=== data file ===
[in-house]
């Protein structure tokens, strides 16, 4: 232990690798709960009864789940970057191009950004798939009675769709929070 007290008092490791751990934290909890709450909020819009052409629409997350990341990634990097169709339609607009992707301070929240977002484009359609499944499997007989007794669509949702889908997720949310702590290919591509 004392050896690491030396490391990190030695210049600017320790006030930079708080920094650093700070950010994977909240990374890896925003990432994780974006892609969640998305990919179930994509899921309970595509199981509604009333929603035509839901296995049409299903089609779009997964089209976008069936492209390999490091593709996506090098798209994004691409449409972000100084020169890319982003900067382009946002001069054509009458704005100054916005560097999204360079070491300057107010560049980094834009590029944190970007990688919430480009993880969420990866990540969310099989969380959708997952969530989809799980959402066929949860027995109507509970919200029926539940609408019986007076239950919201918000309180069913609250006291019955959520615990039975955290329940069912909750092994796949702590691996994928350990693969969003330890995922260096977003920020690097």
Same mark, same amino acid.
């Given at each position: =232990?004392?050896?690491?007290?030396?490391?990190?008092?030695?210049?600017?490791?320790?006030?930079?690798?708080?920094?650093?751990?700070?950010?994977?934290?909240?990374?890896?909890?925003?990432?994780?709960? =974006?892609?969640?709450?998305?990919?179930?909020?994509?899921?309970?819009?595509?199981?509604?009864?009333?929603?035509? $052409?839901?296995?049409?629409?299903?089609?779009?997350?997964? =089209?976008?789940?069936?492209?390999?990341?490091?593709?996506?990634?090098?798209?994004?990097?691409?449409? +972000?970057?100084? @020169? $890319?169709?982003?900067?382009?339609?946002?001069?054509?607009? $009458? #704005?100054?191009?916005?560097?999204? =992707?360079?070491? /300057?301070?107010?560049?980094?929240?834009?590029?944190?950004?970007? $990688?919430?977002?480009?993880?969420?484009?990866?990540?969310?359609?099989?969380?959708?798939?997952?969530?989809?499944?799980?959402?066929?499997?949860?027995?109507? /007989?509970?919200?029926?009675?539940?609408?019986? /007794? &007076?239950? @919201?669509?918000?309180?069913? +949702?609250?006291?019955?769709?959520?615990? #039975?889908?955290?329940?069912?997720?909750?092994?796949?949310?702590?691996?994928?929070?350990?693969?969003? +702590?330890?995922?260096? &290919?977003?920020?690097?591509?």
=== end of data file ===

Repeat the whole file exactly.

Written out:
[in-house]
């Protein structure tokens, strides 16, 4: 232990690798709960009864789940970057191009950004798939009675769709929070 007290008092490791751990934290909890709450909020819009052409629409997350990341990634990097169709339609607009992707301070929240977002484009359609499944499997007989007794669509949702889908997720949310702590290919591509 004392050896690491030396490391990190030695210049600017320790006030930079708080920094650093700070950010994977909240990374890896925003990432994780974006892609969640998305990919179930994509899921309970595509199981509604009333929603035509839901296995049409299903089609779009997964089209976008069936492209390999490091593709996506090098798209994004691409449409972000100084020169890319982003900067382009946002001069054509009458704005100054916005560097999204360079070491300057107010560049980094834009590029944190970007990688919430480009993880969420990866990540969310099989969380959708997952969530989809799980959402066929949860027995109507509970919200029926539940609408019986007076239950919201918000309180069913609250006291019955959520615990039975955290329940069912909750092994796949702590691996994928350990693969969003330890995922260096977003920020690097």
Same mark, same amino acid.
């Given at each position: =232990?004392?050896?690491?007290?030396?490391?990190?008092?030695?210049?600017?490791?320790?006030?930079?690798?708080?920094?650093?751990?700070?950010?994977?934290?909240?990374?890896?909890?925003?990432?994780?709960? =974006?892609?969640?709450?998305?990919?179930?909020?994509?899921?309970?819009?595509?199981?509604?009864?009333?929603?035509? $052409?839901?296995?049409?629409?299903?089609?779009?997350?997964? =089209?976008?789940?069936?492209?390999?990341?490091?593709?996506?990634?090098?798209?994004?990097?691409?449409? +972000?970057?100084? @020169? $890319?169709?982003?900067?382009?339609?946002?001069?054509?607009? $009458? #704005?100054?191009?916005?560097?999204? =992707?360079?070491? /300057?301070?107010?560049?980094?929240?834009?590029?944190?950004?970007? $990688?919430?977002?480009?993880?969420?484009?990866?990540?969310?359609?099989?969380?959708?798939?997952?969530?989809?499944?799980?959402?066929?499997?949860?027995?109507? /007989?509970?919200?029926?009675?539940?609408?019986? /007794? &007076?239950? @919201?669509?918000?309180?069913? +949702?609250?006291?019955?769709?959520?615990? #039975?889908?955290?329940?069912?997720?909750?092994?796949?949310?702590?691996?994928?929070?350990?693969?969003? +702590?330890?995922?260096? &290919?977003?920020?690097?591509?």